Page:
Facebook was testing out an Augmented Reality app that would let users identify where people at whom they pointed their phone were ‘friends’ with them on the social media platform, and Vice‘s Joseph Cox has now managed to get a close-up look at the system.
Developed between 2015 and 2016 but never released to the public, the app used facial recognition to identify subjects in real time. Images obtained by Motherboard show that if the system was pointed at someone who was ‘friends’ with the user on Facebook, a pop-up message would appear reading, “You are friends.” Otherwise, a message would read, “Unable to recognize :(“.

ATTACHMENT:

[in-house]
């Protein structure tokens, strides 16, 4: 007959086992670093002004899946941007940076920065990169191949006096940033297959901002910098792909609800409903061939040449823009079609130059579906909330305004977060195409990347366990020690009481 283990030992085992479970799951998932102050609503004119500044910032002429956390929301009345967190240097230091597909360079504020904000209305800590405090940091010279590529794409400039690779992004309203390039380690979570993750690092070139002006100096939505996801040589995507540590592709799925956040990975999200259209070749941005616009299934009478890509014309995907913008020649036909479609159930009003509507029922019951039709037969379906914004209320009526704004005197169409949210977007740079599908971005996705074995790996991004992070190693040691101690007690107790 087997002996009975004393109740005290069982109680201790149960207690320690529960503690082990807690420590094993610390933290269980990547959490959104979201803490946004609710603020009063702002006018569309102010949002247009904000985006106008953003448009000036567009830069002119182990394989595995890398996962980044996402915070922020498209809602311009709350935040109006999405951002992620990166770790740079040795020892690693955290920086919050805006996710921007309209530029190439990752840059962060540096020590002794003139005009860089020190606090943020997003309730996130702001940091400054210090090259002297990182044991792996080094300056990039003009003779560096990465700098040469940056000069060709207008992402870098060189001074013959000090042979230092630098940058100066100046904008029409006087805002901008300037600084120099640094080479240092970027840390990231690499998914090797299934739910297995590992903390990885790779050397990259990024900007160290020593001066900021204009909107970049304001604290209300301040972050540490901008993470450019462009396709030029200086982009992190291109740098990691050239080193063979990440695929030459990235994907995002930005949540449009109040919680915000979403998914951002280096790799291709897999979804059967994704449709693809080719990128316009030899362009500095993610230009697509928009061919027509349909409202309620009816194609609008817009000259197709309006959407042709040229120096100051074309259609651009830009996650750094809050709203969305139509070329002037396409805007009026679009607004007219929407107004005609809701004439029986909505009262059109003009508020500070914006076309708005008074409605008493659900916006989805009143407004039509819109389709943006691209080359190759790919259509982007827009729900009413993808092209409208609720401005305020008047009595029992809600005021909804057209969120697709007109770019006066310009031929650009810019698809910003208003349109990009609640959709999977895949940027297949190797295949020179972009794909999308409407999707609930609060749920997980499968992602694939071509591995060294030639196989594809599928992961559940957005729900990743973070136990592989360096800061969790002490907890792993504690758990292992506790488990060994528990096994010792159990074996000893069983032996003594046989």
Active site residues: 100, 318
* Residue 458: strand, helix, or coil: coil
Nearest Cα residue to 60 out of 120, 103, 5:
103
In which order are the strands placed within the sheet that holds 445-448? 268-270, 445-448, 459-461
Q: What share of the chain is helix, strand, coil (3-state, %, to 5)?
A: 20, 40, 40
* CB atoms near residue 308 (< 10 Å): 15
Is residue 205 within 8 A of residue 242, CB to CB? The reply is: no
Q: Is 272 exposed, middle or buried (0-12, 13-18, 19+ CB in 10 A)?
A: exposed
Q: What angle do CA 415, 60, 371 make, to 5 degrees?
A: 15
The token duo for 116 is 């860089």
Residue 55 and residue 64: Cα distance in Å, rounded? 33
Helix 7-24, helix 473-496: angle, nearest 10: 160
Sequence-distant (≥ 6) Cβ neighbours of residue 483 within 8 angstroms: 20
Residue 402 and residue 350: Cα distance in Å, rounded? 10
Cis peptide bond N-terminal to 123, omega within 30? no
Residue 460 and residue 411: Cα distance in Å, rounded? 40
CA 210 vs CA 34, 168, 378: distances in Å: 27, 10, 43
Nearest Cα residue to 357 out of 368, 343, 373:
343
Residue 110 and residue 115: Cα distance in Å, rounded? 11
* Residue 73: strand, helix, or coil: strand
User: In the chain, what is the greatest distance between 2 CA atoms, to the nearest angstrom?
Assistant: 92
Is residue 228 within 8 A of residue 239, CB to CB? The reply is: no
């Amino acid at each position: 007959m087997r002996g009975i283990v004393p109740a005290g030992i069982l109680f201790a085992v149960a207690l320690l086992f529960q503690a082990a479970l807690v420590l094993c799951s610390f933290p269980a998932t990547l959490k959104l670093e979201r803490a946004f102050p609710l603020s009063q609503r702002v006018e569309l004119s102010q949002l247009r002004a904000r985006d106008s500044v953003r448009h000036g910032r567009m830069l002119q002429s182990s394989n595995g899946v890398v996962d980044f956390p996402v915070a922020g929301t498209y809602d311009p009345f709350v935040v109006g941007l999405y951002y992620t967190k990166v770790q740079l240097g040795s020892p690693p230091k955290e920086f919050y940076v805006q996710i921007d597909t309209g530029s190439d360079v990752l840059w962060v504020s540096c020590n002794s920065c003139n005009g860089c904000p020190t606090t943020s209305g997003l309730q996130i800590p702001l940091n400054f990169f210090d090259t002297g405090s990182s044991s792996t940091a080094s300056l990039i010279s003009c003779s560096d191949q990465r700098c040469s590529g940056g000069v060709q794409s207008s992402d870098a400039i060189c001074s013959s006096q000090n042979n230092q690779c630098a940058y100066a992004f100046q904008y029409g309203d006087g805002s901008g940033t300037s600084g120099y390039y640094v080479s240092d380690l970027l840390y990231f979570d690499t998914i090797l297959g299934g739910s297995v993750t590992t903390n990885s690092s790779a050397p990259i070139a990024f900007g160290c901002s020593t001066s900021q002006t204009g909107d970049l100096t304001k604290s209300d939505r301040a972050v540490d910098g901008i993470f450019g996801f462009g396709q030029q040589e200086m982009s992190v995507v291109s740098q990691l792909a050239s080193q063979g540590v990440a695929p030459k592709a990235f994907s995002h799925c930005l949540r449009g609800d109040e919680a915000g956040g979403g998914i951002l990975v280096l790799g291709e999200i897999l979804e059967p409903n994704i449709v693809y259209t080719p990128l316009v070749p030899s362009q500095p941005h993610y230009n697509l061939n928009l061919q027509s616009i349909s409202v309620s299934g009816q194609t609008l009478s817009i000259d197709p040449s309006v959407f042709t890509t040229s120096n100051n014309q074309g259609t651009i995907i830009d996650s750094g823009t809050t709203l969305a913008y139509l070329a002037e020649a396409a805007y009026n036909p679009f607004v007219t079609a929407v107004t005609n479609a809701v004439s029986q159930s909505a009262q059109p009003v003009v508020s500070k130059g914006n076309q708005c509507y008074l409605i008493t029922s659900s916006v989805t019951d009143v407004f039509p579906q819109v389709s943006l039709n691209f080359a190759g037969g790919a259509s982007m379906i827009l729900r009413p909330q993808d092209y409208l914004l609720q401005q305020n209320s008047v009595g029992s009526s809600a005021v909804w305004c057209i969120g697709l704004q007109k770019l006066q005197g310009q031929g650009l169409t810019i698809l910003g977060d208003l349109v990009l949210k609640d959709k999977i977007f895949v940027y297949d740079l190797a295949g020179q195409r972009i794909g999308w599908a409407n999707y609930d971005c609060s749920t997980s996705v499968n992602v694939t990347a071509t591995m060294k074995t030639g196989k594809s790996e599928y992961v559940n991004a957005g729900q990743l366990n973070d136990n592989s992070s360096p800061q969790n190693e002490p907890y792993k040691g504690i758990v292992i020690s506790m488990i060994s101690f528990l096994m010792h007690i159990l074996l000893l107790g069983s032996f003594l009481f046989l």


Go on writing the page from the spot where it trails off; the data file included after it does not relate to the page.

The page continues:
The app’s existence has previously been reported by Business Insider, and confirmed by Facebook, which responded to press inquiries by stressing that the app was only tested internally, and would only recognize friends who had enabled facial recognition settings.
Today, the app will likely bring to mind Clearview AI, whose controversial biometric app has come under intense scrutiny for applying facial recognition to images collected from the internet and social media apps without subjects’ consent.
For its part, Facebook showed understandable caution in not launching its app for public use. The company had already run afoul of Illinois’ Biometric Information Privacy Act in 2015 over its use of facial recognition in tagging photos uploaded to its platform – legal action that would result in a class action payout of $550 million this year.
More recently, Facebook became one of multiple tech companies to tell Clearview AI to stop mining its platform for face images.
March 20, 2020 – by Alex Perala